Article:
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NAME ^

Data::Validate::Struct - Validate recursive Hash Structures

SYNOPSIS ^

 use Data::Validate::Struct;
 my $validator = new Data::Validate::Struct($reference);
 if ( $validator->validate($config_hash_reference) ) {
   print "valid\n";
 }
 else {
   print "invalid " . $validator->errstr() . "\n";
 }

DESCRIPTION ^

This module validates a config hash reference against a given hash structure in contrast to Data::Validate in which you have to check each value separately using certain methods.

This hash could be the result of a config parser or just any hash structure. Eg. the hash returned by XML::Simple could be validated using this module. You may also use it to validate CGI input, just fetch the input data from CGI, map it to a hash and validate it.

Data::Validate::Struct uses some of the methods exported by Data::Validate, so you need to install it too.

PREDEFINED BUILTIN DATA TYPES ^

int

Match a simple integer number.

range(a-b)

Match a simple integer number in a range between a and b. Eg:

 { loginport => 'range(22-23)' }
hex

Match a hex value.

oct

Match an octagonal value.

number

Match a decimal number, it may contain , or . and may be signed.

word

Match a single word, _ and - are tolerated.

line

Match a line of text - no newlines are allowed.

text

Match a whole text(blob) including newlines. This expression is very loosy, consider it as an alias to any.

regex

Match a perl regex using the operator qr(). Valid examples include:

  qr/[0-9]+/
  qr([^%]*)
  qr{\w+(\d+?)}

Please note, that this doesn't mean you can provide here a regex against config options must match.

Instead this means that the config options contains a regex.

eg:

  $cfg = {
    grp  = qr/root|wheel/
  };

regex would match the content of the variable 'grp' in this example.

To add your own rules for validation, use the type() method, see below.

uri

Match an internet URI.

ipv4

Match an IPv4 address.

cidrv4

The same as above including cidr netmask (/24), IPv4 only, eg:

  10.2.123.0/23

Note: shortcuts are not supported for the moment, eg:

  10.10/16

will fail while it is still a valid IPv4 cidr notation for a network address (short for 10.10.0.0/16). Must be fixed in Regex::Common.

ipv6

Match an IPv6 address. Some examples:

  3ffe:1900:4545:3:200:f8ff:fe21:67cf
  fe80:0:0:0:200:f8ff:fe21:67cf
  fe80::200:f8ff:fe21:67cf
  ff02:0:0:0:0:0:0:1
  ff02::1
cidrv6

The same as above including cidr netmask (/64), IPv6 only, eg:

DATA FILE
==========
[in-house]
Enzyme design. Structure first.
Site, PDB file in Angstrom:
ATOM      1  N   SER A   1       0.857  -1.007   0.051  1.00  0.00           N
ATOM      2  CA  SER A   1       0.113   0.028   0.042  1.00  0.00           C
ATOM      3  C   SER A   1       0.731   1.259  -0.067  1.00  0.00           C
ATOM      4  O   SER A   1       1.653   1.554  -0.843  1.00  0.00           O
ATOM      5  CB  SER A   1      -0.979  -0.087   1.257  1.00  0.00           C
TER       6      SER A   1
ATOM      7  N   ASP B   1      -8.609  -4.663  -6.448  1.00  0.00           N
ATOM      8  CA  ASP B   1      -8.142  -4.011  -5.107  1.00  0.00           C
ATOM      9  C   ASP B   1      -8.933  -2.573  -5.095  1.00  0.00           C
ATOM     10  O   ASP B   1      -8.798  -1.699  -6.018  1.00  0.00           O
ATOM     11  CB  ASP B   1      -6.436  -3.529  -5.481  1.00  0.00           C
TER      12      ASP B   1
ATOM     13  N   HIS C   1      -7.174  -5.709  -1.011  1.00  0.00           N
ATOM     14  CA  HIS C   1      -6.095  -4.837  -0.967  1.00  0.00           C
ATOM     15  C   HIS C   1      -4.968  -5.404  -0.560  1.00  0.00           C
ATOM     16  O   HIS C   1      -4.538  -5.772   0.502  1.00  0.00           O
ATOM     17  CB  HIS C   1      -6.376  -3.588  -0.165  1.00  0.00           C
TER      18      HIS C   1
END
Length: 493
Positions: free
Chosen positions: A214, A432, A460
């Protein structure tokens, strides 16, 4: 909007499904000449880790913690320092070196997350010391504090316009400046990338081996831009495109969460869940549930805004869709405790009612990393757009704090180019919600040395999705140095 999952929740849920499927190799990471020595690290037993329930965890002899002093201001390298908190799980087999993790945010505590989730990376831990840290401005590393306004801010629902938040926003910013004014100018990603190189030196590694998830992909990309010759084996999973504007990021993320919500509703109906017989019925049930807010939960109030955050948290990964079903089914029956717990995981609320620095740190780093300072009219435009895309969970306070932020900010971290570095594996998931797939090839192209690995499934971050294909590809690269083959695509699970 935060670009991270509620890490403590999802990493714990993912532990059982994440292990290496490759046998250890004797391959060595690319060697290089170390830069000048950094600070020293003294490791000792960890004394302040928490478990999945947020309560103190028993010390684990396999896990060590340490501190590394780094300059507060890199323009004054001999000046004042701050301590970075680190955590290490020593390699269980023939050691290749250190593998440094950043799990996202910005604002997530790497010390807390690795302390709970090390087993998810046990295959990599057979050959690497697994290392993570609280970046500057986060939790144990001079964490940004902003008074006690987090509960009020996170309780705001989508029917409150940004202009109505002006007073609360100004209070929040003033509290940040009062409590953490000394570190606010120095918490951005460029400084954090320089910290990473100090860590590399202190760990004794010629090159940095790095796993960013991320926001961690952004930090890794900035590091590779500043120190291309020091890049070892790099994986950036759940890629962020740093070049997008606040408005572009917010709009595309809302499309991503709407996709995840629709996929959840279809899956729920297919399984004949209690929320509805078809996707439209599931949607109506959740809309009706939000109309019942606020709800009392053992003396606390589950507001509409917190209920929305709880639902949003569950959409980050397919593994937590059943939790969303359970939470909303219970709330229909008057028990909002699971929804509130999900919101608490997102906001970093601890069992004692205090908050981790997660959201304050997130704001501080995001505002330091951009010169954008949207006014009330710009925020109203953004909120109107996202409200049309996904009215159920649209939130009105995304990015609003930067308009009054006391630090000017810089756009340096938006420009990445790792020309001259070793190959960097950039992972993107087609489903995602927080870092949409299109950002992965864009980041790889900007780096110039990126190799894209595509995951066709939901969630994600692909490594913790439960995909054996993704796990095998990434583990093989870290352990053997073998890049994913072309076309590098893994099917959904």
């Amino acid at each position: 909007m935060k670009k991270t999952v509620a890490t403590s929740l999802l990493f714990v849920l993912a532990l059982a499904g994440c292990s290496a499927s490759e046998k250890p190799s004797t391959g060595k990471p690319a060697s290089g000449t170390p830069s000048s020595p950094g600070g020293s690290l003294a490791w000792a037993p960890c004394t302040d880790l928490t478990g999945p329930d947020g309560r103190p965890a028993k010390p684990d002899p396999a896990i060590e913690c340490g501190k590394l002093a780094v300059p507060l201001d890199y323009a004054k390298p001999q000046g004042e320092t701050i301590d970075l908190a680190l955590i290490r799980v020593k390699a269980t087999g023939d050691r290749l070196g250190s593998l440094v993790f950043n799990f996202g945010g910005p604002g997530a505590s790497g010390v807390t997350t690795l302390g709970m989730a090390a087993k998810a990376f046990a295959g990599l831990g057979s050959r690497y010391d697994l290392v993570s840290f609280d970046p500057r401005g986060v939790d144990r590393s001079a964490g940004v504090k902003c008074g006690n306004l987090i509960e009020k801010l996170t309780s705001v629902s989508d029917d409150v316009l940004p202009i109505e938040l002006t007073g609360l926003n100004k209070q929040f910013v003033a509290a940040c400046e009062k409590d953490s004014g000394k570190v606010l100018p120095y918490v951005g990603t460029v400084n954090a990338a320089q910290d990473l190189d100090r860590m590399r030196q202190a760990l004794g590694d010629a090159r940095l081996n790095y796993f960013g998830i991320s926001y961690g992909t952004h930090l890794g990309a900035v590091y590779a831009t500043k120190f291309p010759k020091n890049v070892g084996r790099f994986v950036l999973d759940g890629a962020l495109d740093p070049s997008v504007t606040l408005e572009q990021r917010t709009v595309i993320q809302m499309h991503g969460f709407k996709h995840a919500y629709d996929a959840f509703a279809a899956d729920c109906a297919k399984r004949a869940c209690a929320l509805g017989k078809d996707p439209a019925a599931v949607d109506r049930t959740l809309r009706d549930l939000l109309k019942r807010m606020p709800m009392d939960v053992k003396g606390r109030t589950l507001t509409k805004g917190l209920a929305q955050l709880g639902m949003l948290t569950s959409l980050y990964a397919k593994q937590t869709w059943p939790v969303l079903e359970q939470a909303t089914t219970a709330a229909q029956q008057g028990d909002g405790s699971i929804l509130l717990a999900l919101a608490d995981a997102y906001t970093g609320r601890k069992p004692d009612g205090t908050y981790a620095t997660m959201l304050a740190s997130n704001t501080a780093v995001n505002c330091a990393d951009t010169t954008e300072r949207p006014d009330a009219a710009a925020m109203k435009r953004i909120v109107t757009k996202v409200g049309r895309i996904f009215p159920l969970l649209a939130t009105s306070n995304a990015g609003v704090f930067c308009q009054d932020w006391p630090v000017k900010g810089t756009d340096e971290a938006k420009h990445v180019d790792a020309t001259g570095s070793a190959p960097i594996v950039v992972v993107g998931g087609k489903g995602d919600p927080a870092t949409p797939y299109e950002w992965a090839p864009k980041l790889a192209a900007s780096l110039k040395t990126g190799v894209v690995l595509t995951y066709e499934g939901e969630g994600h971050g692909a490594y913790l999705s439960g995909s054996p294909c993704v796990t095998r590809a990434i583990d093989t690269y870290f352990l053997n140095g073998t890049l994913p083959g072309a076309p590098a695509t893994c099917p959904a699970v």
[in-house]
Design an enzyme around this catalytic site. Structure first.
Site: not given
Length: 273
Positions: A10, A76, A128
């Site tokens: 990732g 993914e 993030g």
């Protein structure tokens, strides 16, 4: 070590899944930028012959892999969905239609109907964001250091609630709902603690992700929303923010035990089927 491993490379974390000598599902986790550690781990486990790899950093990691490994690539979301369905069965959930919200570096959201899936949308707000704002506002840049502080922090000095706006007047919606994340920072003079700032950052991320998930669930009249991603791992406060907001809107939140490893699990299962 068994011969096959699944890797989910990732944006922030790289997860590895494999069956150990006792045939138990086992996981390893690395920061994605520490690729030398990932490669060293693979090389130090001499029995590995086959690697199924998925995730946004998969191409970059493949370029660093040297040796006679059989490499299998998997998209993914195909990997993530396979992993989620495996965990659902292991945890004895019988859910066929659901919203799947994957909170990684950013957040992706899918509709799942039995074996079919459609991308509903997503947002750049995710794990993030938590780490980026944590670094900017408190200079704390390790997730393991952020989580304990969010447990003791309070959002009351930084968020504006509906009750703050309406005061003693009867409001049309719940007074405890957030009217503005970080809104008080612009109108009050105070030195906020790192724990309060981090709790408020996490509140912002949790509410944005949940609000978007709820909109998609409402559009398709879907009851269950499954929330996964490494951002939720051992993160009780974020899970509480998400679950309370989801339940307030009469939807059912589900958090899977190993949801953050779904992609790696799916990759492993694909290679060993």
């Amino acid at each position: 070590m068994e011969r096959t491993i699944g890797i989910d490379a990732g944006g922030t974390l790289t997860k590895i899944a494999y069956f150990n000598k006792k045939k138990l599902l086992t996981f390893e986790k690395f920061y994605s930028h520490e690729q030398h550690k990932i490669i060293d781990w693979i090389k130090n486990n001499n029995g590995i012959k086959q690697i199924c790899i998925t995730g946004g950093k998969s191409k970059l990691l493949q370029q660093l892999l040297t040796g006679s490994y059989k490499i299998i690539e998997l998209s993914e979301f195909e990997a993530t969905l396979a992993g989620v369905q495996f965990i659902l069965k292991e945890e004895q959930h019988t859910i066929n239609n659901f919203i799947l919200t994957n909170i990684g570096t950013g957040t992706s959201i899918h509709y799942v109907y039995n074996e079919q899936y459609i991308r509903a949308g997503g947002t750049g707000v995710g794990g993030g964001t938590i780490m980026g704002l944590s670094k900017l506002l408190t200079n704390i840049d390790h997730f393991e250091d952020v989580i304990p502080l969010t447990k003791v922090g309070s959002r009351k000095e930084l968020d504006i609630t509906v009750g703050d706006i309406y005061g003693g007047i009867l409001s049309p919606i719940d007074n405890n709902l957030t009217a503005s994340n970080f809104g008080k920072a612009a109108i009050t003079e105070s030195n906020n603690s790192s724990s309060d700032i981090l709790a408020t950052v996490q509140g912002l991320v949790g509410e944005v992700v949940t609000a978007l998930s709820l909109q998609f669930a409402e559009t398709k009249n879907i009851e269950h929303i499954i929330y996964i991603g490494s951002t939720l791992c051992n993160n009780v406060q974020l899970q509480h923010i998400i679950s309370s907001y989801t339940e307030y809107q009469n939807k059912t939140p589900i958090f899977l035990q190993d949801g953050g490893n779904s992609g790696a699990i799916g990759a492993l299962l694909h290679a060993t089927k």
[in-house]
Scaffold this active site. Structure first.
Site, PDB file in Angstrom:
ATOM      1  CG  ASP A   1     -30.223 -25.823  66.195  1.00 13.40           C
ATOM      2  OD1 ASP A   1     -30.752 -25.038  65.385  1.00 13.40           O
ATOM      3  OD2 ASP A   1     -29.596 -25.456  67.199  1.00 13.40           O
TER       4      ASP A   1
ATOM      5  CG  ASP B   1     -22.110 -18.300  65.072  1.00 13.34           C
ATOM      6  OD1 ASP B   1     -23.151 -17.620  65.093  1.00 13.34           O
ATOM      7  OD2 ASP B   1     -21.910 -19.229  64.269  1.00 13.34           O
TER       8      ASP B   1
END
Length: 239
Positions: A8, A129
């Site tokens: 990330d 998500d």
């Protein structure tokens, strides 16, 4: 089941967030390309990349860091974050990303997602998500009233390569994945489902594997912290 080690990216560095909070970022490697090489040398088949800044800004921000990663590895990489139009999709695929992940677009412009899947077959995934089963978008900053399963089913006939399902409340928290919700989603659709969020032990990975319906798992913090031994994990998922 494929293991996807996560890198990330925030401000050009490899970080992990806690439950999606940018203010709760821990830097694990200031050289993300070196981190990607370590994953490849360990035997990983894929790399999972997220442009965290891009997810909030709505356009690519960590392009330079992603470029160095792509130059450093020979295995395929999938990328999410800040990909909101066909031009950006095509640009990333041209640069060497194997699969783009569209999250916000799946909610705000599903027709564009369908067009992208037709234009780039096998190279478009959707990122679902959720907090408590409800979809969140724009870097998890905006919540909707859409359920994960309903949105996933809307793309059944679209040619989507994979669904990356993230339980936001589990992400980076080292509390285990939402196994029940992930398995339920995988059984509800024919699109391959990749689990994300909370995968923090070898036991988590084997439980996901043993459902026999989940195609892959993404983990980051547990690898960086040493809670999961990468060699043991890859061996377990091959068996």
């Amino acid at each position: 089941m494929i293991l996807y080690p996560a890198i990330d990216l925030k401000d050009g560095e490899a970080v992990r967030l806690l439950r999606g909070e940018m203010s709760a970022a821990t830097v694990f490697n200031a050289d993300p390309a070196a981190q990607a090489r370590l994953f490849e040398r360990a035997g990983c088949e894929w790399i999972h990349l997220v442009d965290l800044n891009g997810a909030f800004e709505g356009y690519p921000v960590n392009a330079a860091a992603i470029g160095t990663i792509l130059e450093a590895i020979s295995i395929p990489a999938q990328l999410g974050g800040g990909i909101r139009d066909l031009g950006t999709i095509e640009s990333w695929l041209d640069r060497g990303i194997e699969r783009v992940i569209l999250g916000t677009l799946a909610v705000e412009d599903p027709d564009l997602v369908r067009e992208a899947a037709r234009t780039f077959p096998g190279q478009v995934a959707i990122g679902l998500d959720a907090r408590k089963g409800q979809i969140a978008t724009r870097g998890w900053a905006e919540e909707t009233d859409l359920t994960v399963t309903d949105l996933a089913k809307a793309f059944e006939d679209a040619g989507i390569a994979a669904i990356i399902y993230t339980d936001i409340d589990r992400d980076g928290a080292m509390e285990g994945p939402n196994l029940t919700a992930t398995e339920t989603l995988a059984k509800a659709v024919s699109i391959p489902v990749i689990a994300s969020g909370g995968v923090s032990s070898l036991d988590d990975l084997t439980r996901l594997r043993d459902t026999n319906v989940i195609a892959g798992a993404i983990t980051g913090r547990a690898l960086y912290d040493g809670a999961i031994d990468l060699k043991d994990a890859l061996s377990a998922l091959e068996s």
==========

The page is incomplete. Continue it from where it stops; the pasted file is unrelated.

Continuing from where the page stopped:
2001:db8:dead:beef::1/64
  2001:db8::/32
quoted

Match a text quoted with single quotes, eg:

  'barbara is sexy'
hostname

Match a valid hostname, it must qualify to the definitions in RFC 2396.

resolvablehost

Match a hostname resolvable via dns lookup. Will fail if no dns is available at runtime.

path

Match a valid absolute path, it won't do a stat() system call. This will work on any operating system at runtime. So this one:

  C:\Temp

will return TRUE if running on WIN32, but FALSE on FreeBSD!

fileexists

Look if value is a file which exists. Does a stat() system call.

user

Looks if the given value is an existent user. Does a getpwnam() system call.

group

Looks if the given value is an existent group. Does a getgrnam() system call.

port

Match a valid tcp/udp port. Must be a digit between 0 and 65535.

vars

Matches a string of text containing variables (perl style variables though) eg:

  $user is $attribute
  I am $(years) old
  Missing ${points} points to succeed

MIXED TYPES ^

If there is an element which could match more than one type, this can be matched by using the pipe sign | to separate the types.

  { name => 'int | number' }

There is no limit on the number of types that can be checked for, and the check is done in the sequence written (first the type 'int', and then 'number' in the example above).

OPTIONAL ITEMS ^

If there is an element which is optional in the hash, you can use the type 'optional' in the type. The 'optional' type can also be mixed with ordinary types, like:

  { name => 'text | optional' }

The type 'optional' can be placed anywhere in the type string.

NEGATIVE MATCHING ^

In some rare situations you might require a negative match. So a test shall return TRUE if a particular value does NOT match the given type. This might be usefull to prevent certain things.

To achieve this, you just have to prepend one of the below mentioned types with the keyword no.

Example:

 $ref = { path => 'novars' }

This returns TRUE if the value of the given config hash does NOT contain ANY variables.

VALIDATOR STRUCTURE ^

The expected structure must be a standard perl hash reference. This hash may look like the config you are validating but instead of real-live values it contains types that define of what type a given value has to be.

In addition the hash may be deeply nested. In this case the validated config must be nested the same way as the reference hash.

Example:

  $reference = { user => 'word', uid => 'int' };

The following config would be validated successful:

  $config = { user => 'HansDampf',  uid => 92 };

this one not:

  $config = { user => 'Hans Dampf', uid => 'nine' };
                           ^                ^^^^
                           |                |
                           |                +----- is not a number
                           +---------------------- space not allowed

For easier writing of references you yould use a configuration file parser like Config::General or Config::Any, just write the definition using the syntax of such a module, get the hash of it and use this hash as validation reference.

NESTED HASH STRUCTURES ^

You can also match against nested structures. Data::Validate::Struct iterates into the given config hash the same way as the reference hash looks like.

If the config hash doesn't match the reference structure, perl will throw an error, which Data::Validate::Struct catches and returns FALSE.

Given the following reference hash:

  $ref = {
      'b1' => {
          'b2' => {
              'b3' => {
                  'item' => 'int'
              }
          }
      }
  }